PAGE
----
I Visit Distant Relatives
This one takes some explaining, at least as to explain how, the day before Thanksgiving, I was trespassing with my brother on a farmer’s land outside the town of West Sunbury, PA, near the town of Slippery Rock.
First off, my sister is taking two classes at Slippery Rock, which was not only my father’s college but also his birthplace. The building that he was born in, a low structure on a small hill overlooking the road, is still standing. Also still standing is the building just up the hill from it where he grew up, and when a small child, had his picture taken in a goat cart. That picture, along with one of my sister, aunt, and uncle in their military uniforms, and a faded color shot of the entire Grubb clan at my grandparent’s fiftieth wedding anniversary (I was what, 14? at the time) are hanging in my family room.
I digress. So my father was born, raised and college educated at Slippery Rock, and now his daughter is taking classes there and his grandaughter is doing daycare. My sister invited me up to see the monument and have lunch. My father is class of 1952, and through his efforts, teaming up funding from his class, and those of 51 and 53, arranged for a monument to Slippery Rock's Vets (who made up much of those three years of schools, including my dad). The monument consists of a bronze plaque on a chunk of local stone, with a brick plaza in front of it a trio of flags, right in front of the Alumni Center. Pretty much my father’s concept, though they brought in a professional designer who added some lighting and pair of Flintstone-style benches and collected the check. The incription reads:
In gratitude to
the alumni of
Slippery Rock University
who served their
country so valiantly.
This memorial is a tribute to
those ROCK alumni who
answered the call of duty.
And in smaller type:
by the classes of
1951, 1952, and 1953
And in smaller type still:
Zane Melxner ‘49, Robert Bidwell ‘51, John Grubb ‘52, Ron Becket ‘53, William Bearry ‘56, Robert Watson ‘70, Michael Saraka ‘89 (M), Eric Holmes, ‘93, Leo Gelbel 95 (they missed a apostrophe here), Tom Perry ‘02.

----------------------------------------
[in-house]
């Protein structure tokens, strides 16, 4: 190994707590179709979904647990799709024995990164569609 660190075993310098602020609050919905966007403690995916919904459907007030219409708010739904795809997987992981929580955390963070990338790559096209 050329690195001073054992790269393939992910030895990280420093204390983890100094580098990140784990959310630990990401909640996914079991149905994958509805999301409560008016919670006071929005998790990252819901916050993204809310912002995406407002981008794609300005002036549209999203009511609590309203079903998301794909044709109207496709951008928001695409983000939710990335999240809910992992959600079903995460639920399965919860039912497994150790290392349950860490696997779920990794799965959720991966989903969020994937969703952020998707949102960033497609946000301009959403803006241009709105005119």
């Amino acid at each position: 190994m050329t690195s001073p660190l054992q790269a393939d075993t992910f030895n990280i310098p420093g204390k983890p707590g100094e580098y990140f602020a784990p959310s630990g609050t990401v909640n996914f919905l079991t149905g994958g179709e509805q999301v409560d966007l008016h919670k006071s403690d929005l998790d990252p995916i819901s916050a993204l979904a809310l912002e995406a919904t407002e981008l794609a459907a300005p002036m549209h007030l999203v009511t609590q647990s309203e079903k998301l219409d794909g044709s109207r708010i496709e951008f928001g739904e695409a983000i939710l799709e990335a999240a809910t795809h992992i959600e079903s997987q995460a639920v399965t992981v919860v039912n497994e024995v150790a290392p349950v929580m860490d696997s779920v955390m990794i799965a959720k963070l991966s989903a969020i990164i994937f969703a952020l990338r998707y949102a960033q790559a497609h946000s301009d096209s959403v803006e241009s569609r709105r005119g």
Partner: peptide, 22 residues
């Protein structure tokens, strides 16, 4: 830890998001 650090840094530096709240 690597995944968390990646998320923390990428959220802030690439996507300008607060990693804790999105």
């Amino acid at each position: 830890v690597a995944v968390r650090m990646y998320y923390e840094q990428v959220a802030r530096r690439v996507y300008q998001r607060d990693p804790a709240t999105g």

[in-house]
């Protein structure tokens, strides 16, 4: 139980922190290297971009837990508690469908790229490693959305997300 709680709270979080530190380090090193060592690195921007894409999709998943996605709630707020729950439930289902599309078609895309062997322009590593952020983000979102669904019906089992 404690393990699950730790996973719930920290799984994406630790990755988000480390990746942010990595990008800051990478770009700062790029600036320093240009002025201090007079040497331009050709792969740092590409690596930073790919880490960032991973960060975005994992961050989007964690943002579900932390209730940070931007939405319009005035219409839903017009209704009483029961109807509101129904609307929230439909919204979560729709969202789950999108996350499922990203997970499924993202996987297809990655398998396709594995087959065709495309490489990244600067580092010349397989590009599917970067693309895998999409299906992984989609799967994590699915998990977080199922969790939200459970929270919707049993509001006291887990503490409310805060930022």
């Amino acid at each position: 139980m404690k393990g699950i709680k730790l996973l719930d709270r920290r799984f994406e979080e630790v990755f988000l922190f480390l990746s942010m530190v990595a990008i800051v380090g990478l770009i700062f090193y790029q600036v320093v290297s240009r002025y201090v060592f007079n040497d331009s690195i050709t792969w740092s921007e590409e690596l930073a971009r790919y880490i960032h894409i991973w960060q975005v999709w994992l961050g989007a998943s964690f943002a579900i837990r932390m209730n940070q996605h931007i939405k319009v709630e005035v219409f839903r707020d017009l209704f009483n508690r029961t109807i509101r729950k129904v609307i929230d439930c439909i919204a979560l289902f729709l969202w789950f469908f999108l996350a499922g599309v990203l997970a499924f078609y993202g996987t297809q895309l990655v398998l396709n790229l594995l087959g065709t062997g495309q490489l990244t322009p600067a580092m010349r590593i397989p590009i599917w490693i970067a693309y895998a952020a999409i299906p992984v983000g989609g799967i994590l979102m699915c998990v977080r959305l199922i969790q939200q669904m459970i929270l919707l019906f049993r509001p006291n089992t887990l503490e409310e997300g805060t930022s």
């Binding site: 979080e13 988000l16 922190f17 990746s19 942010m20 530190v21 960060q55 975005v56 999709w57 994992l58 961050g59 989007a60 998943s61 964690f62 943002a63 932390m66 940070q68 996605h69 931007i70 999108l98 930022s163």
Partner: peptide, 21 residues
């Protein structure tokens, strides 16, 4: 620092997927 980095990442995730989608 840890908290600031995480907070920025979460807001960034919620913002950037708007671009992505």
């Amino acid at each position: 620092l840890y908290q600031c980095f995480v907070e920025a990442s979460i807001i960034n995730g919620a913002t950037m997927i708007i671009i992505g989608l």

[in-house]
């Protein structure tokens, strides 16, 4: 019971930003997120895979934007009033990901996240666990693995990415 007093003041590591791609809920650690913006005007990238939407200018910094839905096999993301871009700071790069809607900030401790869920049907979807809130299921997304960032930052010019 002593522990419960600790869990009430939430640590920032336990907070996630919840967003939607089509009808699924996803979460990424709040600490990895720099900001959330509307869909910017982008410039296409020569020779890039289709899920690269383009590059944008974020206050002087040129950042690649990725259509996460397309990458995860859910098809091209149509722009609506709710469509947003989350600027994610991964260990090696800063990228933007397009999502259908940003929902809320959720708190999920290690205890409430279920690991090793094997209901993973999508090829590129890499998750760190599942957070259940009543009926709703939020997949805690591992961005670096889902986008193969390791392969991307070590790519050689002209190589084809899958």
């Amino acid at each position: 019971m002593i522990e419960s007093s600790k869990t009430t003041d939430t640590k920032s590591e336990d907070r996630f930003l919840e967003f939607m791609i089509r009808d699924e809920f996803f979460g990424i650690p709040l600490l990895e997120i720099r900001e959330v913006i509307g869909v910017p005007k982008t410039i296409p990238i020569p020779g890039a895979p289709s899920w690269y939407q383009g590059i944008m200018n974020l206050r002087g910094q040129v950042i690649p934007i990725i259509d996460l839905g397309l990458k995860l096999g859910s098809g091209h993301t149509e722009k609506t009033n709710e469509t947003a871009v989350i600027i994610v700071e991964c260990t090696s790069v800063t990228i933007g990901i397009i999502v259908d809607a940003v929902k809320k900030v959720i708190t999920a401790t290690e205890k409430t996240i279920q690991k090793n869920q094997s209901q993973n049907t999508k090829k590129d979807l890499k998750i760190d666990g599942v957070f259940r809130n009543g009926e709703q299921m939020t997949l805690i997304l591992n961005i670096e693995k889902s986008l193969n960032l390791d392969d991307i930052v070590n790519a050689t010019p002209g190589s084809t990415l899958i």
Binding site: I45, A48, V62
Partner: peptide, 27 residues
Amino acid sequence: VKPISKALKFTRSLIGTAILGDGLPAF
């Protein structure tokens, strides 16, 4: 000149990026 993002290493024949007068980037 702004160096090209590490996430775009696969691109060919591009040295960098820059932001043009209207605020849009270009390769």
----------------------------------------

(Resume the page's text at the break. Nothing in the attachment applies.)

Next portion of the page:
So I went up to Slippery Rock to view the monument and have lunch. The folks passed on the chance (Dad is little grumpy at the designer about those benches), but my brother Scott expressed an interest. Scott claims small interest in family history, but he’s searching the web for contacts for my mom (the family geneologist) and his ability to read German is particularly helpful given our Swiss-Germanic roots. Indeed, the depth of his knowledge on the road (going into depth about one ancestor, J.R.Black (my Grandmother’s line) and his history in the Civil War), impresses me.
For me, I have sense of direction, another Grubb heritage. We found the old graves of Gideon (Great great grandfather) and Peter (his father) in separate cemetaries. Indeed, the entire area outside of Slippery Rock, about an hour north of Pittsburgh, is littered with Grubbs, Aikens, and Blacks, standing sentinel beneath their tombstones.
Now, Western Pennsylvania in November is a grey, dreery landscape. There is greenery on the ground still in a lot of places from a warm spell, but the trees are denuded of cover, the air cool, and the clouds low and grey for the brief days. Traveling through the area, through identical vales and similar hamlets, is a bit soul-wearing and exhausting.
So at last we got to the homestead of Peter Grubb (Primeaval patronomic ancestor - Not Heinrich, the first over from Switzerland, but the first in these parts). It was granted to Peter after the revolutionary war and now sold and resold into other hands. We hallowed the houses on the property but got no answer, and ended up driving back into the woods along a one-lane road. The foundations were on the far side of stream, across from land the current family is developing for housing. The woods itself has overgrown the area, leaving little but a squarish hole with a few blocks covered with bits of snow that still clinging to the shade. If you didn't know what you were looking at, you wouldn't know what was there.
Here is my family (a good chunk of them, my father's line), tucked within a twenty-mile area of Western PA, beneath these low grey skies and empty trees. I've only visited during Thanksgiving break, but it always gives me the feeling of the Land of the Dead - barren, empty, and dark. I have fled west, like the man who married Gideon’s wife after he passed on, leaving her behind to buried, with her second name (Erikson) next to Gideon and Daughter Melvira.
And here is my youngest sibling, the sister taking classes at Slippery Rock. She has moved from the South Hills of Pittsburgh where we grew up, and gone to Cranberry, which is on the southern edge of this region. Into the region of ghosts that is my family history.